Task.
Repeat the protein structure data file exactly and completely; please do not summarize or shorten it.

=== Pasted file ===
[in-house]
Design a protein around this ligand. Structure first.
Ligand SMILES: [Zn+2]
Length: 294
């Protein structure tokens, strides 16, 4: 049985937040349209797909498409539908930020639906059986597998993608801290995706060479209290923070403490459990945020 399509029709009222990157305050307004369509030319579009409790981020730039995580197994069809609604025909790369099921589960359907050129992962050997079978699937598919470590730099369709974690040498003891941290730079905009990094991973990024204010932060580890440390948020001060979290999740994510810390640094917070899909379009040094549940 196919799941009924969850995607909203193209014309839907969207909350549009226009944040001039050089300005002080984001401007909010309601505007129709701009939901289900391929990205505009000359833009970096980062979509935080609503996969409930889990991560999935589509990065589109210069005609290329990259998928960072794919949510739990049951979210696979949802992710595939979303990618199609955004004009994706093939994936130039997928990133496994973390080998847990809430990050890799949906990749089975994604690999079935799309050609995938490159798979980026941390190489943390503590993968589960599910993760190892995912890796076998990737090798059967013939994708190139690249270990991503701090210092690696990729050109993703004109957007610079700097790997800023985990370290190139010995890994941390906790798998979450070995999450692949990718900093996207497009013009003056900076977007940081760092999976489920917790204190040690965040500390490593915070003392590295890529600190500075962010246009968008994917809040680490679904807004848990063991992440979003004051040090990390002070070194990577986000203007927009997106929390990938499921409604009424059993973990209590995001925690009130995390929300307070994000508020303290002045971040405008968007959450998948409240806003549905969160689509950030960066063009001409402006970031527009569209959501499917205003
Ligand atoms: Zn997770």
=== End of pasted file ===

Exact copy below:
[in-house]
Design a protein around this ligand. Structure first.
Ligand SMILES: [Zn+2]
Length: 294
């Protein structure tokens, strides 16, 4: 049985937040349209797909498409539908930020639906059986597998993608801290995706060479209290923070403490459990945020 399509029709009222990157305050307004369509030319579009409790981020730039995580197994069809609604025909790369099921589960359907050129992962050997079978699937598919470590730099369709974690040498003891941290730079905009990094991973990024204010932060580890440390948020001060979290999740994510810390640094917070899909379009040094549940 196919799941009924969850995607909203193209014309839907969207909350549009226009944040001039050089300005002080984001401007909010309601505007129709701009939901289900391929990205505009000359833009970096980062979509935080609503996969409930889990991560999935589509990065589109210069005609290329990259998928960072794919949510739990049951979210696979949802992710595939979303990618199609955004004009994706093939994936130039997928990133496994973390080998847990809430990050890799949906990749089975994604690999079935799309050609995938490159798979980026941390190489943390503590993968589960599910993760190892995912890796076998990737090798059967013939994708190139690249270990991503701090210092690696990729050109993703004109957007610079700097790997800023985990370290190139010995890994941390906790798998979450070995999450692949990718900093996207497009013009003056900076977007940081760092999976489920917790204190040690965040500390490593915070003392590295890529600190500075962010246009968008994917809040680490679904807004848990063991992440979003004051040090990390002070070194990577986000203007927009997106929390990938499921409604009424059993973990209590995001925690009130995390929300307070994000508020303290002045971040405008968007959450998948409240806003549905969160689509950030960066063009001409402006970031527009569209959501499917205003
Ligand atoms: Zn997770």